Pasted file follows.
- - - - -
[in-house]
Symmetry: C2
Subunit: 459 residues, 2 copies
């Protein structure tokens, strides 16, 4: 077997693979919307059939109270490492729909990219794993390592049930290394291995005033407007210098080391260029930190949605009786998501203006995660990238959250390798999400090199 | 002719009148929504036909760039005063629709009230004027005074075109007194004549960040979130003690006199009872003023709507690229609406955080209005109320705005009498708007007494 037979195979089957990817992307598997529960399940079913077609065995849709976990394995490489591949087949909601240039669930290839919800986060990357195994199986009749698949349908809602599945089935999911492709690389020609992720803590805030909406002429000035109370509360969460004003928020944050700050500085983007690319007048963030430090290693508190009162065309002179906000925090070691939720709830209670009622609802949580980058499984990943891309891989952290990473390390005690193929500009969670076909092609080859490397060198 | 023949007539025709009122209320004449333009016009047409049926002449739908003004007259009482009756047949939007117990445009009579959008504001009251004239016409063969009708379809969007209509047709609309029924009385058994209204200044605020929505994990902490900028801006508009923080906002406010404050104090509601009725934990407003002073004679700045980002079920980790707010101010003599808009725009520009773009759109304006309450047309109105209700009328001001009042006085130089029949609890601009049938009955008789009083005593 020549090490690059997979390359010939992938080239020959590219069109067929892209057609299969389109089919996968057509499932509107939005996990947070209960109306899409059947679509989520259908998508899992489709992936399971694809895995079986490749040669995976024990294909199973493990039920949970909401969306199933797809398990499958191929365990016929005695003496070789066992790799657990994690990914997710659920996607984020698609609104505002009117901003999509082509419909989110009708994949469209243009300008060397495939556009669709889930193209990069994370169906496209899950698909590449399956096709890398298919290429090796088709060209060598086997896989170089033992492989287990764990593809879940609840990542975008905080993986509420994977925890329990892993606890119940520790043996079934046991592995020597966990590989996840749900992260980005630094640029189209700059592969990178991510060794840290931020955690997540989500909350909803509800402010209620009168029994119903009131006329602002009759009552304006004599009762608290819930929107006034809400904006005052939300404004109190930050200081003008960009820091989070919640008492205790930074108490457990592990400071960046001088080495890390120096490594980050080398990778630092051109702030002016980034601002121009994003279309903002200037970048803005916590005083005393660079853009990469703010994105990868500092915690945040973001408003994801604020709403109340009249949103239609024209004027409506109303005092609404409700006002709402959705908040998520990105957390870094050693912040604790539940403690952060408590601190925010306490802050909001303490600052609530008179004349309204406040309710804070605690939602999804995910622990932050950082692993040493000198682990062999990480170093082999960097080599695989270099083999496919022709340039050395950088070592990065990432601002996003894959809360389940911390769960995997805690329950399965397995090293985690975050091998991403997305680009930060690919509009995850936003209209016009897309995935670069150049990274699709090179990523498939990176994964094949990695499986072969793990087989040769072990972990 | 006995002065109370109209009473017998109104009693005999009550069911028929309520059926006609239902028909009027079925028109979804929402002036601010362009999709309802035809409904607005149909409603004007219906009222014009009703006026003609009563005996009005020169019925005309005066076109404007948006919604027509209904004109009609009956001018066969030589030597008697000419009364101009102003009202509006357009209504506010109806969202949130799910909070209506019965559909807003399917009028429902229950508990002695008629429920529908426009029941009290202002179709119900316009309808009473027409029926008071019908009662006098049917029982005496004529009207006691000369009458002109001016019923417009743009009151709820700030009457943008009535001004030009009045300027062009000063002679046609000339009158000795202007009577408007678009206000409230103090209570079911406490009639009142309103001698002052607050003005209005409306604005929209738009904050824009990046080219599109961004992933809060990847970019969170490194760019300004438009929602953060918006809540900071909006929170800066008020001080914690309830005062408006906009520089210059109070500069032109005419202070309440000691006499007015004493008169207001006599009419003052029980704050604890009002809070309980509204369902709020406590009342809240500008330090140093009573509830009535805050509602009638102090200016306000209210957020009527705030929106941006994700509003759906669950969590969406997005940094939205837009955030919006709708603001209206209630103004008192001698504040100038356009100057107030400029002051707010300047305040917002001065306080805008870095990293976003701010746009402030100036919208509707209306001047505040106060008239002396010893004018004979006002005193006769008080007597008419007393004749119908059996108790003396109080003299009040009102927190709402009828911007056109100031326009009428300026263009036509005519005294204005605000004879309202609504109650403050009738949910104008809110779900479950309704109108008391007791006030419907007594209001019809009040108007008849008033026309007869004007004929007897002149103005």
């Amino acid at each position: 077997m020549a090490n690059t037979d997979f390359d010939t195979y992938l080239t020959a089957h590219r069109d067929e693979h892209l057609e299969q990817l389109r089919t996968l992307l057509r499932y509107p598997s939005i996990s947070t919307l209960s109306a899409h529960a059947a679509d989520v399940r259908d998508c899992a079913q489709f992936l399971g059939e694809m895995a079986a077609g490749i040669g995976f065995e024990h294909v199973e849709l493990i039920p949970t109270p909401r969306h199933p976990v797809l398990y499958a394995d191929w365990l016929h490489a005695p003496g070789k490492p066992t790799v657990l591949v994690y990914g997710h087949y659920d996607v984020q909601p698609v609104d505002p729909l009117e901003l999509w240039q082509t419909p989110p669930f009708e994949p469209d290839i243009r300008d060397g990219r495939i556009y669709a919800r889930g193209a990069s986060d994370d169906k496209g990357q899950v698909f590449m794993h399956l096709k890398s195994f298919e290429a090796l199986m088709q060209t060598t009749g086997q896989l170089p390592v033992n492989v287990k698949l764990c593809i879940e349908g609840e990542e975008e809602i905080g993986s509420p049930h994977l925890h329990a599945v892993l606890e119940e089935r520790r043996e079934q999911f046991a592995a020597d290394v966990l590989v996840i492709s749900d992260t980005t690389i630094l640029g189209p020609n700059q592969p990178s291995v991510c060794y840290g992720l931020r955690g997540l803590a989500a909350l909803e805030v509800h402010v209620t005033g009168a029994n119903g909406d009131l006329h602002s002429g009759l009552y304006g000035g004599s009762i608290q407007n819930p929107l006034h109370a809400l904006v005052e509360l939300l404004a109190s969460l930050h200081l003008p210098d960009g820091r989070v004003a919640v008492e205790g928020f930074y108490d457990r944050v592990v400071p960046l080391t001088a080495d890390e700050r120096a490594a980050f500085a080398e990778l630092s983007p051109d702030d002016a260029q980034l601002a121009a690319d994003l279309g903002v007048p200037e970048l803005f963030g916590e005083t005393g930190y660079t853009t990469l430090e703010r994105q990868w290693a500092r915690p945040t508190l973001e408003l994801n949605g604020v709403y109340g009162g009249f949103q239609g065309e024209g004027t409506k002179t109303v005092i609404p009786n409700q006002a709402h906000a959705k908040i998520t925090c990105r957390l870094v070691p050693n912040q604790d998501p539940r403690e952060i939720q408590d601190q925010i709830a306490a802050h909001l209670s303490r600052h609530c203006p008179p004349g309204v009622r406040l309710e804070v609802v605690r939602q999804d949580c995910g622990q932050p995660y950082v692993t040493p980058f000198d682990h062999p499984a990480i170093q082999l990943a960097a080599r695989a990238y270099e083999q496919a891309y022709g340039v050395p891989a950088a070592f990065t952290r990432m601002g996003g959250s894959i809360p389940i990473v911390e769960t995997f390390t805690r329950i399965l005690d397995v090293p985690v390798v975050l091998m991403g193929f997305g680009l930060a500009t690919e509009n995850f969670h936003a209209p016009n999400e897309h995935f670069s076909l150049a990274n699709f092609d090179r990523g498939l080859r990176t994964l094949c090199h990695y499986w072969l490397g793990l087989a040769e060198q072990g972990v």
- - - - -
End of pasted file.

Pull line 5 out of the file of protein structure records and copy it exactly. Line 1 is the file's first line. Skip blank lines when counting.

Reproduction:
């Amino acid at each position: 077997m020549a090490n690059t037979d997979f390359d010939t195979y992938l080239t020959a089957h590219r069109d067929e693979h892209l057609e299969q990817l389109r089919t996968l992307l057509r499932y509107p598997s939005i996990s947070t919307l209960s109306a899409h529960a059947a679509d989520v399940r259908d998508c899992a079913q489709f992936l399971g059939e694809m895995a079986a077609g490749i040669g995976f065995e024990h294909v199973e849709l493990i039920p949970t109270p909401r969306h199933p976990v797809l398990y499958a394995d191929w365990l016929h490489a005695p003496g070789k490492p066992t790799v657990l591949v994690y990914g997710h087949y659920d996607v984020q909601p698609v609104d505002p729909l009117e901003l999509w240039q082509t419909p989110p669930f009708e994949p469209d290839i243009r300008d060397g990219r495939i556009y669709a919800r889930g193209a990069s986060d994370d169906k496209g990357q899950v698909f590449m794993h399956l096709k890398s195994f298919e290429a090796l199986m088709q060209t060598t009749g086997q896989l170089p390592v033992n492989v287990k698949l764990c593809i879940e349908g609840e990542e975008e809602i905080g993986s509420p049930h994977l925890h329990a599945v892993l606890e119940e089935r520790r043996e079934q999911f046991a592995a020597d290394v966990l590989v996840i492709s749900d992260t980005t690389i630094l640029g189209p020609n700059q592969p990178s291995v991510c060794y840290g992720l931020r955690g997540l803590a989500a909350l909803e805030v509800h402010v209620t005033g009168a029994n119903g909406d009131l006329h602002s002429g009759l009552y304006g000035g004599s009762i608290q407007n819930p929107l006034h109370a809400l904006v005052e509360l939300l404004a109190s969460l930050h200081l003008p210098d960009g820091r989070v004003a919640v008492e205790g928020f930074y108490d457990r944050v592990v400071p960046l080391t001088a080495d890390e700050r120096a490594a980050f500085a080398e990778l630092s983007p051109d702030d002016a260029q980034l601002a121009a690319d994003l279309g903002v007048p200037e970048l803005f963030g916590e005083t005393g930190y660079t853009t990469l430090e703010r994105q990868w290693a500092r915690p945040t508190l973001e408003l994801n949605g604020v709403y109340g009162g009249f949103q239609g065309e024209g004027t409506k002179t109303v005092i609404p009786n409700q006002a709402h906000a959705k908040i998520t925090c990105r957390l870094v070691p050693n912040q604790d998501p539940r403690e952060i939720q408590d601190q925010i709830a306490a802050h909001l209670s303490r600052h609530c203006p008179p004349g309204v009622r406040l309710e804070v609802v605690r939602q999804d949580c995910g622990q932050p995660y950082v692993t040493p980058f000198d682990h062999p499984a990480i170093q082999l990943a960097a080599r695989a990238y270099e083999q496919a891309y022709g340039v050395p891989a950088a070592f990065t952290r990432m601002g996003g959250s894959i809360p389940i990473v911390e769960t995997f390390t805690r329950i399965l005690d397995v090293p985690v390798v975050l091998m991403g193929f997305g680009l930060a500009t690919e509009n995850f969670h936003a209209p016009n999400e897309h995935f670069s076909l150049a990274n699709f092609d090179r990523g498939l080859r990176t994964l094949c090199h990695y499986w072969l490397g793990l087989a040769e060198q072990g972990v």